Rugby season has started with rates cuts for some Aviva Premiership clubsTuesday, September 12, 2017
The Rugby Premiership season has started, but whilst the Government has admitted that up to 500,000 shops, restaurants, pubs and even NHS hospitals have seen increases in tax bills for 2017/18, some of Britain's biggest and most successful rugby union clubs will enjoy tax cuts for the season ahead.
The Government adjusted the Rateable Values of every business property in England and Wales to reflect changes in the property market. The new Rateable Value have been used to determine the basis of the tax calculation for business rates for 2017/18.
Our analysis shows that new property values for the 12 Aviva Premiership Rugby Union clubs, which will be used to determine property tax bills for the next 5 years, have increased by over £60,000.
The biggest loser is Exeter, who's Sandy Park Stadium has seen its property value sour by 52%, followed by Gloucester’s Kingsholm Stadium at a 37.77% rise and defending champions Wasps’ Ricoh Arena being hit with a 15% rise in Rateable Value.
The biggest winner is Newcastle who has seen the value of Kingston Park plummet by almost 27% with London Irish, Bath and Sale Sharks all seeing the value of their stadiums fall.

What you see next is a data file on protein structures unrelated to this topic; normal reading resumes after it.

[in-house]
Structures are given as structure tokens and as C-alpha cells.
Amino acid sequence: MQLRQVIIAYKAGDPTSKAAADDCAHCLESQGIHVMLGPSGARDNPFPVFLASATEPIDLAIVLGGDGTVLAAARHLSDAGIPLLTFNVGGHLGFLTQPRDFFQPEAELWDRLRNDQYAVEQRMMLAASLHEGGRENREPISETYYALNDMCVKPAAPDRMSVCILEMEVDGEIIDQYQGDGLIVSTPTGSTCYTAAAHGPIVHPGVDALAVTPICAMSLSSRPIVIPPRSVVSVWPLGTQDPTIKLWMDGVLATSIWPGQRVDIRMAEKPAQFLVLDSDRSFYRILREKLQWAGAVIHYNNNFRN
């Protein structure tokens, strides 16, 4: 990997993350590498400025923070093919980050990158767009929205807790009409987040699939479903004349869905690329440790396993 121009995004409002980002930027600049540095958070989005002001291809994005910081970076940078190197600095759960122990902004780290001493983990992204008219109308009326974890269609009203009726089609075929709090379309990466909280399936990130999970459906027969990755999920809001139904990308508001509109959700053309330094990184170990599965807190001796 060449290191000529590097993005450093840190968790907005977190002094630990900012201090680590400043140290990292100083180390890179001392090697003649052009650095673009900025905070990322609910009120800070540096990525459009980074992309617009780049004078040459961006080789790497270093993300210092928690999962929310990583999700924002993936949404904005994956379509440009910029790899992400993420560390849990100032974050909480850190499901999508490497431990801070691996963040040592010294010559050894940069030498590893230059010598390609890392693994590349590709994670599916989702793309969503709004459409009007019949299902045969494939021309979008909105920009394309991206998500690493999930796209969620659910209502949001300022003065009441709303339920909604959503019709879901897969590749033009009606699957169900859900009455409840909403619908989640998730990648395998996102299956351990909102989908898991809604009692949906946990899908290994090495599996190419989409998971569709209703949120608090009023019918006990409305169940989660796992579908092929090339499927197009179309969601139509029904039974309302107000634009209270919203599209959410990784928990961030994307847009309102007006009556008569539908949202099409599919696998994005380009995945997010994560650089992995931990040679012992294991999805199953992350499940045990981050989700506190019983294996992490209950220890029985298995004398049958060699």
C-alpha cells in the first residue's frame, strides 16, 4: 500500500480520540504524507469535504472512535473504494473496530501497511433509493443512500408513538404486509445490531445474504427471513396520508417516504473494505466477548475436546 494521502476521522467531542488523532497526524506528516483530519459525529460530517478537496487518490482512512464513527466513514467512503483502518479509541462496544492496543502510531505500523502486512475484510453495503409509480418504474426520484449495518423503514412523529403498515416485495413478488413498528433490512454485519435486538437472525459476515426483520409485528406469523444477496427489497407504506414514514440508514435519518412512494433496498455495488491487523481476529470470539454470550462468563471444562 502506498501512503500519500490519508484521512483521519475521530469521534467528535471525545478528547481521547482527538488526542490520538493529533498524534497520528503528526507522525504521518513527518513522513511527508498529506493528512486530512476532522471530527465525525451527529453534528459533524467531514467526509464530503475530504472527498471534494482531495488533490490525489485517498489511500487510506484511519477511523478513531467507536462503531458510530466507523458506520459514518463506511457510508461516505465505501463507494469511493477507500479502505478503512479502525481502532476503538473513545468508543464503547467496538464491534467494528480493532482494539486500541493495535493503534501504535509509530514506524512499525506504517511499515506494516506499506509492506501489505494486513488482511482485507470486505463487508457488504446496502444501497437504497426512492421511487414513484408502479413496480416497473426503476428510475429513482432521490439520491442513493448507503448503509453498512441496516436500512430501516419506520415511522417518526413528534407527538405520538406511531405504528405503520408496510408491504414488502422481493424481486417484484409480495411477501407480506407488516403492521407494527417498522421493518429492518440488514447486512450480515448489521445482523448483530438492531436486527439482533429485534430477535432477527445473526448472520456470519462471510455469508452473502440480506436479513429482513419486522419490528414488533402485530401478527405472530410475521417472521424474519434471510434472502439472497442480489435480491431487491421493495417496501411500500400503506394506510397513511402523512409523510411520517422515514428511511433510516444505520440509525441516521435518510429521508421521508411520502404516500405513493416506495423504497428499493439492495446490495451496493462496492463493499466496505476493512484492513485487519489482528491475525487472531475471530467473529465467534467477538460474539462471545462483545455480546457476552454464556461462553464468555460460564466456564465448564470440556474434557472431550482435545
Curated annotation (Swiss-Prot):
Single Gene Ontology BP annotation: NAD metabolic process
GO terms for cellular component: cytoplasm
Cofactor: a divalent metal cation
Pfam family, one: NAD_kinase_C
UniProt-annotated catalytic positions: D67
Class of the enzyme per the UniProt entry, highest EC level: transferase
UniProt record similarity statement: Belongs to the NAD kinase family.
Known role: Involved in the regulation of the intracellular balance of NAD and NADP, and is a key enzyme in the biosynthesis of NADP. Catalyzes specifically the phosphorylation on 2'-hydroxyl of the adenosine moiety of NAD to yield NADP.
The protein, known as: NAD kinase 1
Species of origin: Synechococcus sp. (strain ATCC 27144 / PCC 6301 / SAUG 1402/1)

We project that the amounts payable under the new Rateable Values over the next 5 years represents a hike of almost half a million pound, with the total bill for all 12 clubs over the life of the Rating List coming in at £8.8million.
Collectively, the 12 rugby clubs will pay over £91,000 more on average per year for the next year than they did in the last Rating List.
The club facing the biggest hike in their business rates bill for 2017/18 is Exeter who is facing an increase of 46.2% compared to last year’s bill. They’re followed by Gloucester who are forking out an extra 34% this year, and Wasps who are being stung by an extra 11%.
Bath is the club benefitting from a tax windfall of almost 4% this year compared to last, with a bill of just £45,505.
Sales Sharks, Newcastle, London Irish and Saracens will also benefit from tax cuts this season, saving almost £15,000 collectively in rates this year compared to last.
Harlequins have already suffered blows to the team as two key players, Luke Wallace and Jonas Mikalcius, are both unable to compete in the season games. Our data shows that they’re also facing a double business rates burden, as the property value of The Twickenham Stoop Stadium has increased by 3.21%, and they’re facing a 5 year rates hike of over £28,000.
Sale Sharks will pay the lowest amount of tax for the 2017/18 season, at just £31,375 for the year, which is a good job considering they’ve just announced the latest in a wave of world class signings, confirming Australian James O’Connor on a three year deal.